National Award: educational, economic and community-led resilience building

Prevention through fire-safety education is the first line of defence against misuse of fire, and fire-related injuries and fatalities. While fire-safety education is implemented by fire services organisations around the world to prevent, respond to and recover from fire, there are no overarching evidence-based guidelines for the development or evaluation of programs.

To address this, Fire and Rescue NSW (FRNSW) conducted a comprehensive study. The results informed the revision of their approach to fire-safety education. The project was the winner of the Resilient Australia National Award.

Acting Inspector and Command Liaison Officer of FRNSW Community Engagement Unit, Anthony Picone, said, ‘We believe that to build resilience in the next generation, we must enhance their education and preparedness in this generation.

‘By giving our current school children the knowledge, the skills and the resilience to move forward and know what to do in an emergency and to educate their families in the same, will build resilience in the future', he said.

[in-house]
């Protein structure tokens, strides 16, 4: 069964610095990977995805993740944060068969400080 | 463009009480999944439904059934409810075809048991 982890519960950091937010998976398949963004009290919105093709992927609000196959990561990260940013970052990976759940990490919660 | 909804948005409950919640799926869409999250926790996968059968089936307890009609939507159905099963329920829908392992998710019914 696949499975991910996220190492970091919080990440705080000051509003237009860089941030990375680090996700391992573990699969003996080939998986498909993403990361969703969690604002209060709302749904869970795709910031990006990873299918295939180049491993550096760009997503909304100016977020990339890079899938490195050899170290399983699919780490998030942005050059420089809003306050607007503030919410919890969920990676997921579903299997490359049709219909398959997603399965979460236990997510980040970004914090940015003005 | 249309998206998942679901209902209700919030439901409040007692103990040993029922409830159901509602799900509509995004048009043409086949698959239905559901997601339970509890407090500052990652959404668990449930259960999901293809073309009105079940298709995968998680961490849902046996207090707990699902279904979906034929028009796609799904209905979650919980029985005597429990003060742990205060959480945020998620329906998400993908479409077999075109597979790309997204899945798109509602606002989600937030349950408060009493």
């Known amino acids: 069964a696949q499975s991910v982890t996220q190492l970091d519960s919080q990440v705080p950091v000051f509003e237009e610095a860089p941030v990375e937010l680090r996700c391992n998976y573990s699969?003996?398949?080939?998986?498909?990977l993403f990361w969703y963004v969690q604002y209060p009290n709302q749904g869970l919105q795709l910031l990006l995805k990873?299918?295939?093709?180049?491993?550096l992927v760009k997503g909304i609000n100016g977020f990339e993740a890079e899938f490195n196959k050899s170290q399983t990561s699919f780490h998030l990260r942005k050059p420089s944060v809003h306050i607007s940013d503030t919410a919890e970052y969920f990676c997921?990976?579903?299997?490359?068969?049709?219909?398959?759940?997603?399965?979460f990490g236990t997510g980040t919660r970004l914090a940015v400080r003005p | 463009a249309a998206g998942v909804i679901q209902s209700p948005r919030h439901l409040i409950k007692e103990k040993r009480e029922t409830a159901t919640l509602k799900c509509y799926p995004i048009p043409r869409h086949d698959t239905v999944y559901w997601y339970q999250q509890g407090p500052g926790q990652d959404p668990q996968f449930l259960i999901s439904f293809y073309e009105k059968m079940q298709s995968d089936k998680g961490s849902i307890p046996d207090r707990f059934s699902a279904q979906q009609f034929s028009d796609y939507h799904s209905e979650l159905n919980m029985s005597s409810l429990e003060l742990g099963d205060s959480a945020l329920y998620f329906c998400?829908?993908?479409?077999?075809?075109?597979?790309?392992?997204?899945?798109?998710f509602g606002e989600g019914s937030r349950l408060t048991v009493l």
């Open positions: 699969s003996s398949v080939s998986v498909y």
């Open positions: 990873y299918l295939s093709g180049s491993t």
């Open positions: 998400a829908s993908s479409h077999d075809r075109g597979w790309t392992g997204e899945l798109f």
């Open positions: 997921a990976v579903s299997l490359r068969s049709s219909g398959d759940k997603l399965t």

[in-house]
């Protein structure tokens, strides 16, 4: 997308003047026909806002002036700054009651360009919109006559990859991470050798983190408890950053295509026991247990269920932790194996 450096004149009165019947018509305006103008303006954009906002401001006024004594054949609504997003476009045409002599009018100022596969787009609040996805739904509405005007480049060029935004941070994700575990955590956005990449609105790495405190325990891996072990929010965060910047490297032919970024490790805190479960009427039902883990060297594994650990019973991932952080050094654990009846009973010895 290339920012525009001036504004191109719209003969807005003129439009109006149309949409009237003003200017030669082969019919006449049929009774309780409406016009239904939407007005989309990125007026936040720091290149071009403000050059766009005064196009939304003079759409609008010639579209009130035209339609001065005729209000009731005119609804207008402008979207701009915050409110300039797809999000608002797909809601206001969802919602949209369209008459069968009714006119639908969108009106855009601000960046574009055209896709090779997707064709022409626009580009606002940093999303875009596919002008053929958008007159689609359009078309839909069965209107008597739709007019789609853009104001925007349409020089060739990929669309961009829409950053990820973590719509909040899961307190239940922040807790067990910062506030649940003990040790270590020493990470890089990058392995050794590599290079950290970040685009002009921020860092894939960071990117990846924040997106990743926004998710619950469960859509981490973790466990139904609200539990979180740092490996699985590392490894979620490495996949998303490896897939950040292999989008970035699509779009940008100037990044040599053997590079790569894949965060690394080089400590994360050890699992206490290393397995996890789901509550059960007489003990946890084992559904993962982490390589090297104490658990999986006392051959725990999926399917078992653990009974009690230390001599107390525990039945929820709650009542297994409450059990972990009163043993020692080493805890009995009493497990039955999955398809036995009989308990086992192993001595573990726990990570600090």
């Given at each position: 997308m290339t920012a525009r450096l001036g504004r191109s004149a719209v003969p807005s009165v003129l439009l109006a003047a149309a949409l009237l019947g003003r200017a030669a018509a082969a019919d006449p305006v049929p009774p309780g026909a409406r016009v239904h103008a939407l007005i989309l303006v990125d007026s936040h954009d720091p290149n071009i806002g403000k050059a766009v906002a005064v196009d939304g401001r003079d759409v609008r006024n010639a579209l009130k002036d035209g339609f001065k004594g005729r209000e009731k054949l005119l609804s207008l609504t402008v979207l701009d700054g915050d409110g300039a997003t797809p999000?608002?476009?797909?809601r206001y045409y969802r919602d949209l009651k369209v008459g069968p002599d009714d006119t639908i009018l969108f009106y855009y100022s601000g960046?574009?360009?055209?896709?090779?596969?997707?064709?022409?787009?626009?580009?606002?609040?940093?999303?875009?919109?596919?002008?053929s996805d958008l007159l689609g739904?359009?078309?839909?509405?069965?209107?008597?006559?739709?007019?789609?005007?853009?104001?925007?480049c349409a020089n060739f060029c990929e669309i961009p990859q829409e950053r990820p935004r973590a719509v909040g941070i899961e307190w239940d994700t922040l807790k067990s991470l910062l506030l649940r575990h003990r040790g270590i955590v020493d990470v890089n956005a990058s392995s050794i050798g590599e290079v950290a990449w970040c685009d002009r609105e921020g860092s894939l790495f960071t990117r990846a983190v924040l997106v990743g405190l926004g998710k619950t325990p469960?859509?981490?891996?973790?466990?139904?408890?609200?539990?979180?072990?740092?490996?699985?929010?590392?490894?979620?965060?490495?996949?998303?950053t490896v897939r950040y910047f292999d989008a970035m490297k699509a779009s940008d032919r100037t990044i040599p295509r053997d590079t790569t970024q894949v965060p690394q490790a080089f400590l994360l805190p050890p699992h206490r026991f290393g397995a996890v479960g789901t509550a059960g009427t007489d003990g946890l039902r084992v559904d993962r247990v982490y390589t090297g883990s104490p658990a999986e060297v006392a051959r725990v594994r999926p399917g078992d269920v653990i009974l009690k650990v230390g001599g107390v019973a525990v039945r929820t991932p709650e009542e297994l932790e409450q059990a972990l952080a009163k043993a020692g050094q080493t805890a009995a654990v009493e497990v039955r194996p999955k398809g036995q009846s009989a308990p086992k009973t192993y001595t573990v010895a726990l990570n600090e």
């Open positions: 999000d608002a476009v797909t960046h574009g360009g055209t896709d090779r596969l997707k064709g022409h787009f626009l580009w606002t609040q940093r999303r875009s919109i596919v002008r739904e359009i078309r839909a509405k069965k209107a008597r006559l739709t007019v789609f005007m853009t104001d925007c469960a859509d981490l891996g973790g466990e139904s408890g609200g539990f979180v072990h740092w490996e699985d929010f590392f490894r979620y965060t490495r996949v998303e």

Through the delivery of evidence-based fire-safety education programs and the sharing of knowledge, FRNSW has provided effective and usable information for children and their families.

Anthony Picone, Michael Jay and Trent Curtain, Fire and Rescue NSW, accept the Resilient Australia National Award from Senator McKenzie.
Image: Australian Institute for Disaster Resilience

Many businesses in regional and rural Australia were affected by the 2019–20 bushfires and the COVID-19 pandemic. In January 2020, the Spend With Us marketplace was created to assist bushfire-affected small businesses without technical knowledge to continue to trade and get their products freely online. Founded by Sarah Britz, Lauren Hateley and Jenn Donovan, Spend With Us opened a new channel for these businesses, becoming Australia's first and largest online marketplace dedicated to rural and regional small and microbusinesses.